Show simple item record

dc.contributor.authorMus, Florence
dc.contributor.authorEilers, Brian J.
dc.contributor.authorAlleman, Alexander B.
dc.contributor.authorKabasakal, Burak V.
dc.contributor.authorWells, Jennifer N.
dc.contributor.authorMurray, James W.
dc.contributor.authorNocek, Boguslaw P.
dc.contributor.authorDuBois, Jennifer L.
dc.contributor.authorPeters, John W.
dc.date.accessioned2018-04-26T16:55:43Z
dc.date.available2018-04-26T16:55:43Z
dc.date.issued2017-08
dc.identifier.citationMus, Florence, Brian J. Eilers, Alexander B. Alleman, Burak V. Kabasakal, Jennifer N. Wells, James W. Murray, Boguslaw P. Nocek, Jennifer L. DuBois, and John W. Peters. "Structural Basis for the Mechanism of ATP-Dependent Acetone Carboxylation." Scientific Reports 7 (August 2017): 1-10. DOI: 10.1038/s41598-017-06973-8.en_US
dc.identifier.issn2045-2322
dc.identifier.urihttps://scholarworks.montana.edu/xmlui/handle/1/14521
dc.description.abstractMicroorganisms use carboxylase enzymes to form new carbon-carbon bonds by introducing carbon dioxide gas (CO2) or its hydrated form, bicarbonate (HCO3 −), into target molecules. Acetone carboxylases (ACs) catalyze the conversion of substrates acetone and HCO3 − to form the product acetoacetate. Many bicarbonate-incorporating carboxylases rely on the organic cofactor biotin for the activation of bicarbonate. ACs contain metal ions but not organic cofactors, and use ATP to activate substrates through phosphorylation. How the enzyme coordinates these phosphorylation events and new C-C bond formation in the absence of biotin has remained a mystery since these enzymes were discovered. The first structural rationale for acetone carboxylation is presented here, focusing on the 360 kDa (αβγ)2 heterohexameric AC from Xanthobacter autotrophicus in the ligand-free, AMP-bound, and acetate coordinated states. These structures suggest successive steps in a catalytic cycle revealing that AC undergoes large conformational changes coupled to substrate activation by ATP to perform C-C bond ligation at a distant Mn center. These results illustrate a new chemical strategy for the conversion of CO2 into biomass, a process of great significance to the global carbon cycle.en_US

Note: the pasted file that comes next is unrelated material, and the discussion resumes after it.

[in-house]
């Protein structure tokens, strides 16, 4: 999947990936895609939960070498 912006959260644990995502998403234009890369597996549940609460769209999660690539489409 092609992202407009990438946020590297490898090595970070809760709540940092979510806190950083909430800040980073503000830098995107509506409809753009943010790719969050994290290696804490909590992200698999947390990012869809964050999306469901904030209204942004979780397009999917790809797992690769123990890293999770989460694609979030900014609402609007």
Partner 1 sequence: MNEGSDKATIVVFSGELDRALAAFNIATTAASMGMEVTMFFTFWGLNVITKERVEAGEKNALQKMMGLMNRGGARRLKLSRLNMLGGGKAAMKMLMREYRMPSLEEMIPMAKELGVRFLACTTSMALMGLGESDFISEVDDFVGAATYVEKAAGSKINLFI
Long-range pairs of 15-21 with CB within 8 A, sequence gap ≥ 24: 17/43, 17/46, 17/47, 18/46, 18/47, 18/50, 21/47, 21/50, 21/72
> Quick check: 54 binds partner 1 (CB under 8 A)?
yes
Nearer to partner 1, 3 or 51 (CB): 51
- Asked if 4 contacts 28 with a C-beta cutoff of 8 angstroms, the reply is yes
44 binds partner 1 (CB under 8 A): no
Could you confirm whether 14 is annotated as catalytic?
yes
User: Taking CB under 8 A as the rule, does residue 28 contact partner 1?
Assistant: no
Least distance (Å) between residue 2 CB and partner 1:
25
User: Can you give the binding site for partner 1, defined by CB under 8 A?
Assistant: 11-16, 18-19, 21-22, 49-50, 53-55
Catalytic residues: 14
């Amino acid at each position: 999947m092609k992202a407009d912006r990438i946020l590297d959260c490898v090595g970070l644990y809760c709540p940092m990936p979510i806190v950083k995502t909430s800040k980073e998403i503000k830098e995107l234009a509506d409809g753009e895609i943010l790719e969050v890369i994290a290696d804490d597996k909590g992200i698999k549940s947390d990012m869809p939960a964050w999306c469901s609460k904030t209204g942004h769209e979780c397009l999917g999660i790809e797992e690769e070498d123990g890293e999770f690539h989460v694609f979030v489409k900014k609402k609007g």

dc.description.sponsorshipUS Department of Energy (DE-FG02-04ER15563)en_US
dc.rightsCC BY 4.0en_US
dc.rights.urihttp://creativecommons.org/licenses/by/4.0/legalcodeen_US
dc.titleStructural Basis for the Mechanism of ATP-Dependent Acetone Carboxylationen_US
dc.typeArticleen_US
mus.citation.journaltitleScientific Reportsen_US
mus.citation.volume7en_US
mus.identifier.categoryLife Sciences & Earth Sciencesen_US
mus.identifier.doi10.1038/s41598-017-06973-8en_US
mus.relation.collegeCollege of Letters & Scienceen_US
mus.relation.departmentChemistry & Biochemistry.en_US
mus.relation.universityMontana State University - Bozemanen_US
mus.data.thumbpage3en_US
mus.contributor.orcidPeters, John W.|0000-0001-9117-9568en_US
mus.contributor.orcidMus, Florence|0000-0002-1655-1267en_US


Files in this item

Thumbnail

This item appears in the following Collection(s)

Show simple item record

CC BY 4.0
Except where otherwise noted, this item's license is described as CC BY 4.0